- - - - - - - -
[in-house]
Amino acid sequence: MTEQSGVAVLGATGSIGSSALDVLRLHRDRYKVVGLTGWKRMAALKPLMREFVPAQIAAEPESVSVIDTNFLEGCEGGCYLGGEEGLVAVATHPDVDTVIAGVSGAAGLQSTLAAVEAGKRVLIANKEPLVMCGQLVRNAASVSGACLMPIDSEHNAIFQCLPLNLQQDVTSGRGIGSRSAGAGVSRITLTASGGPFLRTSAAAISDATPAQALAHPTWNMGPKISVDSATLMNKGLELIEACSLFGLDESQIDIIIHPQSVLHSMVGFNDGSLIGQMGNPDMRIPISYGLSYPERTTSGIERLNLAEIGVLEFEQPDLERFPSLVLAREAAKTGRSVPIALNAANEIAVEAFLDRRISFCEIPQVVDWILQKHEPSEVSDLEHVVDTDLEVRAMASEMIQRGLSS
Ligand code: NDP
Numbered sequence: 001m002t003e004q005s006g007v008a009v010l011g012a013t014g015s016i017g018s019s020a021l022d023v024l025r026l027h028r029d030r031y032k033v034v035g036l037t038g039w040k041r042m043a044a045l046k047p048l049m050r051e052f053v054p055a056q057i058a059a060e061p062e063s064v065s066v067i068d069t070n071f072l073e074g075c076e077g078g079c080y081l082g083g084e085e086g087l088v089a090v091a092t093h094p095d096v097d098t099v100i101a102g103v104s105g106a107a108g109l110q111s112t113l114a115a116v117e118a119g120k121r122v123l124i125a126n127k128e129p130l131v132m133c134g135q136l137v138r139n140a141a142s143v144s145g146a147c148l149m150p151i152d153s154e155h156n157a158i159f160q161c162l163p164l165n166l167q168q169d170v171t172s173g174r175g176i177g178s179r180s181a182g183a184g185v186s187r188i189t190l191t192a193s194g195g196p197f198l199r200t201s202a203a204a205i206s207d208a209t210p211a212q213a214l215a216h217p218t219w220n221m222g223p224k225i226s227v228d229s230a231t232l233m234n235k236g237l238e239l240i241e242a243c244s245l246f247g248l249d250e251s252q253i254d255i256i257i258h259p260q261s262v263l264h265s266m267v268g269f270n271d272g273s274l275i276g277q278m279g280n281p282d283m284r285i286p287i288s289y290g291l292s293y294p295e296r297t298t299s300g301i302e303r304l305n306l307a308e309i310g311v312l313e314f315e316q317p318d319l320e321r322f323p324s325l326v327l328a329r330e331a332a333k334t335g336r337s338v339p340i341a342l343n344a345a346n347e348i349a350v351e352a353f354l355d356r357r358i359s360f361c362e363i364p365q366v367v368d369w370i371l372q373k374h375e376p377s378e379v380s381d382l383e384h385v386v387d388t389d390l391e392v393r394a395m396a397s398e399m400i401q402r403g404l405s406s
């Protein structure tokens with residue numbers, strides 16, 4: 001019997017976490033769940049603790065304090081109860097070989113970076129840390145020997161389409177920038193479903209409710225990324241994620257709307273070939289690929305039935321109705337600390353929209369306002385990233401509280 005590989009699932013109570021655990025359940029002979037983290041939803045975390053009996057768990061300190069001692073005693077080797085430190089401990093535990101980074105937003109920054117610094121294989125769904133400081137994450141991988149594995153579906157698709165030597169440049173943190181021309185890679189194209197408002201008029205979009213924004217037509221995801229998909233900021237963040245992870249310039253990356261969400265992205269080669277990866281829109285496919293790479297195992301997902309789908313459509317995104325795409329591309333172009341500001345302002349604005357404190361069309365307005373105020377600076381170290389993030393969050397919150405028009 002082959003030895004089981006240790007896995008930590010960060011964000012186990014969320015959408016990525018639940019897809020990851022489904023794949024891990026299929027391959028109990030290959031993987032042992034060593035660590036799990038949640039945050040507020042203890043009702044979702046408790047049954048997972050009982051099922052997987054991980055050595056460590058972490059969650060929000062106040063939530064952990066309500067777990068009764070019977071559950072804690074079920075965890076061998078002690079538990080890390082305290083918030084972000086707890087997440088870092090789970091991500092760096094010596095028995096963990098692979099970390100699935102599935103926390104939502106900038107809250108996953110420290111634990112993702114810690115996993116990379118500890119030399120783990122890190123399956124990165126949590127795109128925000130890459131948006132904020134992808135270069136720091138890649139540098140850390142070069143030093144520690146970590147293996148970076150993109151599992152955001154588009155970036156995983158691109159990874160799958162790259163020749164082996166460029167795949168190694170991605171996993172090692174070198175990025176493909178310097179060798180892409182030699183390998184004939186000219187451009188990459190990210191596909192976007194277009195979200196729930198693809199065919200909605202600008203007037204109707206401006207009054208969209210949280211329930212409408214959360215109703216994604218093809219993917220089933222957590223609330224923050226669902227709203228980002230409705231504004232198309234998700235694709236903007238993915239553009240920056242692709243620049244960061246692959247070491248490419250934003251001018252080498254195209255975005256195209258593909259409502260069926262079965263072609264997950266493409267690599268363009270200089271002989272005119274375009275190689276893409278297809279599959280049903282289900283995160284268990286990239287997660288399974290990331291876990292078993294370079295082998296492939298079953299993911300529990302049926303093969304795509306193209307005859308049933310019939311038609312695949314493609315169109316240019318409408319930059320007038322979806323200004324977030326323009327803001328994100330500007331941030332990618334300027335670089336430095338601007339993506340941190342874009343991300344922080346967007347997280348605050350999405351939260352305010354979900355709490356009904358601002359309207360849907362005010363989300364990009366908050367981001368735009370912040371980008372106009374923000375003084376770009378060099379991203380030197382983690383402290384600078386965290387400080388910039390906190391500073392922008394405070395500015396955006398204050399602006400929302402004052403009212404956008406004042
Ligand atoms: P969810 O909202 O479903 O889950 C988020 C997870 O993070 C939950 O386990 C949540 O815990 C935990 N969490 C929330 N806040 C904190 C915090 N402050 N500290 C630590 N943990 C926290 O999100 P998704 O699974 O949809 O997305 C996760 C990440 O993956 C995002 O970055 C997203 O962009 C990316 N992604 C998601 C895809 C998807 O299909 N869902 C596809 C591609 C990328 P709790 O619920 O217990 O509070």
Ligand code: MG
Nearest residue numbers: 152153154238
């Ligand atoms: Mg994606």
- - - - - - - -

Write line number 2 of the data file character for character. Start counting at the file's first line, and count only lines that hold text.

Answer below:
Amino acid sequence: MTEQSGVAVLGATGSIGSSALDVLRLHRDRYKVVGLTGWKRMAALKPLMREFVPAQIAAEPESVSVIDTNFLEGCEGGCYLGGEEGLVAVATHPDVDTVIAGVSGAAGLQSTLAAVEAGKRVLIANKEPLVMCGQLVRNAASVSGACLMPIDSEHNAIFQCLPLNLQQDVTSGRGIGSRSAGAGVSRITLTASGGPFLRTSAAAISDATPAQALAHPTWNMGPKISVDSATLMNKGLELIEACSLFGLDESQIDIIIHPQSVLHSMVGFNDGSLIGQMGNPDMRIPISYGLSYPERTTSGIERLNLAEIGVLEFEQPDLERFPSLVLAREAAKTGRSVPIALNAANEIAVEAFLDRRISFCEIPQVVDWILQKHEPSEVSDLEHVVDTDLEVRAMASEMIQRGLSS